Physiological wear-and-tear and later subjective health in mid-life: Findings from the 1958 British birth cohort
Barboza Solís, Cristina
Fantin, Romain Clement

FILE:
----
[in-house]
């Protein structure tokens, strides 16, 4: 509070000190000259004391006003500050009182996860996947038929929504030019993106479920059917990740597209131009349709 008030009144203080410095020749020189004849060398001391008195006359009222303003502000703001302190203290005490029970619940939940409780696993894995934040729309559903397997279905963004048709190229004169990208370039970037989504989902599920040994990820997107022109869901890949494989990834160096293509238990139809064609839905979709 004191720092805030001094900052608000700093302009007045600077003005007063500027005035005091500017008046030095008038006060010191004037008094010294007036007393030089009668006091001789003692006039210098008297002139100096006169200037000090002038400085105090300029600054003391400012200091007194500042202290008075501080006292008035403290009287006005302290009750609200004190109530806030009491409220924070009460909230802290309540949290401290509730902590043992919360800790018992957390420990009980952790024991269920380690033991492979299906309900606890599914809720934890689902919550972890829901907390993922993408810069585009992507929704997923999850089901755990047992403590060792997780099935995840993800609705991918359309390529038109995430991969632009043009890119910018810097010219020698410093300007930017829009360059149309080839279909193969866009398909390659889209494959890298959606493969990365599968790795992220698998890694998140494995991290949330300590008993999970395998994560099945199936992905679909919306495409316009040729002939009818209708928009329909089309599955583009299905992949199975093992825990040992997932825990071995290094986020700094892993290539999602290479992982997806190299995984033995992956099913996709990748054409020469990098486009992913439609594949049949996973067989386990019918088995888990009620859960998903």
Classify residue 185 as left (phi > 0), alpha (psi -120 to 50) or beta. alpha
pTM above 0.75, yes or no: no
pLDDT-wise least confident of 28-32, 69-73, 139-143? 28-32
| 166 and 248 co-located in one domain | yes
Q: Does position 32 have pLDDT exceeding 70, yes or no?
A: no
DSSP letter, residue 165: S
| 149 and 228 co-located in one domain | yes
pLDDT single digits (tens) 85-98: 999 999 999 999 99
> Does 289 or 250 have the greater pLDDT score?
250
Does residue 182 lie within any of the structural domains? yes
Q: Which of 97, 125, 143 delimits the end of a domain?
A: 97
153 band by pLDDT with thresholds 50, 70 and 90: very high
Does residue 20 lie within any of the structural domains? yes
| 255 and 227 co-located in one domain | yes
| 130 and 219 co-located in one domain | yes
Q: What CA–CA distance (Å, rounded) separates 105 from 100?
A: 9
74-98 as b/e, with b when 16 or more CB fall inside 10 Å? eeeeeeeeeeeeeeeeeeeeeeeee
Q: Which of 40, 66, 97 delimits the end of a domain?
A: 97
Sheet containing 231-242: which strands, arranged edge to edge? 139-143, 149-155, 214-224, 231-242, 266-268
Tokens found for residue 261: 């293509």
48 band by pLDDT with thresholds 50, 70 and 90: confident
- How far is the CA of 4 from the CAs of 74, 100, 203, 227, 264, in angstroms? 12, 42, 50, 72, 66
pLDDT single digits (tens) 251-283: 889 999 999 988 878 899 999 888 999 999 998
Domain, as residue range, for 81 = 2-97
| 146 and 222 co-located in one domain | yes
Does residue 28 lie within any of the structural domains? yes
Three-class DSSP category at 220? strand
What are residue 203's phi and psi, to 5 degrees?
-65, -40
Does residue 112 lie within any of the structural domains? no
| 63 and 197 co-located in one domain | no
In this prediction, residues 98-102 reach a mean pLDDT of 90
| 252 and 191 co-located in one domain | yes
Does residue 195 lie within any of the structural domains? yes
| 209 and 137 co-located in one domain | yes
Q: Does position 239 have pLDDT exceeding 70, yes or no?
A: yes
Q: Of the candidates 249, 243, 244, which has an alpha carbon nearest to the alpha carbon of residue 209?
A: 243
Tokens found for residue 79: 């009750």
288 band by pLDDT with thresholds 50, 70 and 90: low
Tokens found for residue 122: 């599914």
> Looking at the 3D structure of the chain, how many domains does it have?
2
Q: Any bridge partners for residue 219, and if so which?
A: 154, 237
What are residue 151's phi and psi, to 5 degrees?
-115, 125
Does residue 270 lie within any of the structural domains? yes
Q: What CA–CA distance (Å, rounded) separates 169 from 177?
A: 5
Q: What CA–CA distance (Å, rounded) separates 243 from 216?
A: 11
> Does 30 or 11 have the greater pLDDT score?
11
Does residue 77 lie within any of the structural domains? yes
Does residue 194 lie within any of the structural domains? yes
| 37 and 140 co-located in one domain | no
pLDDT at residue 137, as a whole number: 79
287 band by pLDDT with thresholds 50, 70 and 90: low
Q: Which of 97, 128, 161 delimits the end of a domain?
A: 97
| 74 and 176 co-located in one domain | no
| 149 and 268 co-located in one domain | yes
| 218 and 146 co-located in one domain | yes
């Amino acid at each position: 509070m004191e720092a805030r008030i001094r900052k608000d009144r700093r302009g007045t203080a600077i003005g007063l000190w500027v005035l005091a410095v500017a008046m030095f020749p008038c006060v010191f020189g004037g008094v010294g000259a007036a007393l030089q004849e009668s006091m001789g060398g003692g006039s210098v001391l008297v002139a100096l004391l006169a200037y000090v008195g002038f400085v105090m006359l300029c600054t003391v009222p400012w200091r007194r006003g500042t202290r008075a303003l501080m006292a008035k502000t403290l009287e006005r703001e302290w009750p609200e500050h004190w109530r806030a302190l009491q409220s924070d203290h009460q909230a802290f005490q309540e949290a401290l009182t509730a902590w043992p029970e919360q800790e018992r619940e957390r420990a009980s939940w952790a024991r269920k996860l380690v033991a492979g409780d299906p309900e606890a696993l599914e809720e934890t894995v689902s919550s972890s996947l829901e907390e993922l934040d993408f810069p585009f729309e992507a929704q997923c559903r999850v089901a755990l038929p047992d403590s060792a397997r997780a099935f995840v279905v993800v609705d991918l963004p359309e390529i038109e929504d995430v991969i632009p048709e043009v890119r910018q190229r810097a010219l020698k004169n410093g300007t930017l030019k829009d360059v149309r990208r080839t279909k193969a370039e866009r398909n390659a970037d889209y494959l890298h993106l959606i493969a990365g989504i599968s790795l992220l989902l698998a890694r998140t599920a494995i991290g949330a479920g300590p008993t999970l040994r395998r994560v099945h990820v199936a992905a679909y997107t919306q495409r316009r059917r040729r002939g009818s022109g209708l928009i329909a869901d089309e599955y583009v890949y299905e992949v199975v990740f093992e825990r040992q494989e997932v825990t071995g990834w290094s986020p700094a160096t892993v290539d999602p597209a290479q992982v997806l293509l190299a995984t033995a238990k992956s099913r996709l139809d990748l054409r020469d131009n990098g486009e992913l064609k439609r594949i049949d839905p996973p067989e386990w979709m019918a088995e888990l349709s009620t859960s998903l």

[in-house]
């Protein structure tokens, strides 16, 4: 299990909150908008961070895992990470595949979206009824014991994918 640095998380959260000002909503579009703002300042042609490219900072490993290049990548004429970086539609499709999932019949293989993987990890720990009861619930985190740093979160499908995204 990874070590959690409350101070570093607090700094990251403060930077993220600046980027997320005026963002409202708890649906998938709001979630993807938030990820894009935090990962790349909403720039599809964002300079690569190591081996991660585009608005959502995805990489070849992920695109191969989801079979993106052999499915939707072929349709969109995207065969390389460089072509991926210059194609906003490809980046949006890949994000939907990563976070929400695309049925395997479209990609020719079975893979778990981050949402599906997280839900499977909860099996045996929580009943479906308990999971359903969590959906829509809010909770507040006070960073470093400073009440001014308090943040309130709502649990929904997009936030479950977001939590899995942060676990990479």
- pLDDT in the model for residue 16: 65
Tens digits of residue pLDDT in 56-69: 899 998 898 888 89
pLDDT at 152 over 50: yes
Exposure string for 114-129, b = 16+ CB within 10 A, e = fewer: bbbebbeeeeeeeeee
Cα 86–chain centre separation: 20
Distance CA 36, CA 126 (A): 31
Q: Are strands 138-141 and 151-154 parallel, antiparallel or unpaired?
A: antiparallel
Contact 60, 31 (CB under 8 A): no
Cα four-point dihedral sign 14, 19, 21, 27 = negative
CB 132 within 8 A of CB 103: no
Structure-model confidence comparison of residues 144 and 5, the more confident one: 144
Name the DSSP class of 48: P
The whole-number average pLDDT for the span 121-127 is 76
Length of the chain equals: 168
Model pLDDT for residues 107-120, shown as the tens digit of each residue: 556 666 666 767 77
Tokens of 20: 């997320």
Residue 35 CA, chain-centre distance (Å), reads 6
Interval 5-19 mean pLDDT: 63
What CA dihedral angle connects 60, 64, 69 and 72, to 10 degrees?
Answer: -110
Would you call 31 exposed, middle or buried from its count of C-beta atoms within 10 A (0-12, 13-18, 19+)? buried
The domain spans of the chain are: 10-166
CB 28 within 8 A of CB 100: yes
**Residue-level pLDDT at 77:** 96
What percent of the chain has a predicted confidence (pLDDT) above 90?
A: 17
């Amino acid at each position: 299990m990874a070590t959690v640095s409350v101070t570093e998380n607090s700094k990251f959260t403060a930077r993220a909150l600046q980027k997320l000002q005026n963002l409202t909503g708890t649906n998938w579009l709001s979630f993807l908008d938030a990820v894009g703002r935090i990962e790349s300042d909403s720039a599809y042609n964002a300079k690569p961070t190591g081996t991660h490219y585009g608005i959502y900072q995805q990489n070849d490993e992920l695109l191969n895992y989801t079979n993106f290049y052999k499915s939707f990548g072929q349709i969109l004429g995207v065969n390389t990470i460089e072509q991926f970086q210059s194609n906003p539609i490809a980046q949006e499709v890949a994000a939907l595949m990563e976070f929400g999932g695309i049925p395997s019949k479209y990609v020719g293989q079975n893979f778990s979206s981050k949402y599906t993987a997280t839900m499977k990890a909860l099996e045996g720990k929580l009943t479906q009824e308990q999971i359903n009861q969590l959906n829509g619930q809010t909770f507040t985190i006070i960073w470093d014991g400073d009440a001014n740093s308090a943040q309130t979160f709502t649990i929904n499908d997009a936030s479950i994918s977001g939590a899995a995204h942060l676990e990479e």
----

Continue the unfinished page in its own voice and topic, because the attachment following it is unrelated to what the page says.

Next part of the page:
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Our body adapts continuously to environmental challenges and stressful conditions. Allostatic load (AL) is a concept that aims to capture the overall physiological wear-and-tear of the body triggered by the repeated activation of compensatory physiological mechanisms as a response to chronic stress. Growing evidence has shown a link between AL and later health decline, morbidity and mortality. However, due to the global physiological effect captured by the AL concept, it is particularly pertinent to examine its association with subsequent health by taking a broad definition of the latter. We examined the association between AL at 44 years and general health as measured by a latent multidimensional measure of subjective health at 50 years integrating sleep patterns, physical and mental health. Methods AL was constructed using 14 biomarkers representing four physiological systems on 7573 members of the 1958 British birth cohort. Health status was captured using self-reported information about subjective health and summarized using a principal component analysis including: seven dimensions of the SF-36 questionnaire of health-related quality of life, the sleep subscale of the Medical Outcomes Study characterizing quality of sleep patterns, and a malaise inventory score detecting depressive symptoms. Results Higher AL score was gradually associated with worse subjective health, after taking into account classic confounders. Conclusions Using a physiological index to grasp how the environment can “get under the skin” leading to poor health is of great interest, permitting a better understanding of life course origins of disease and social gradients in health.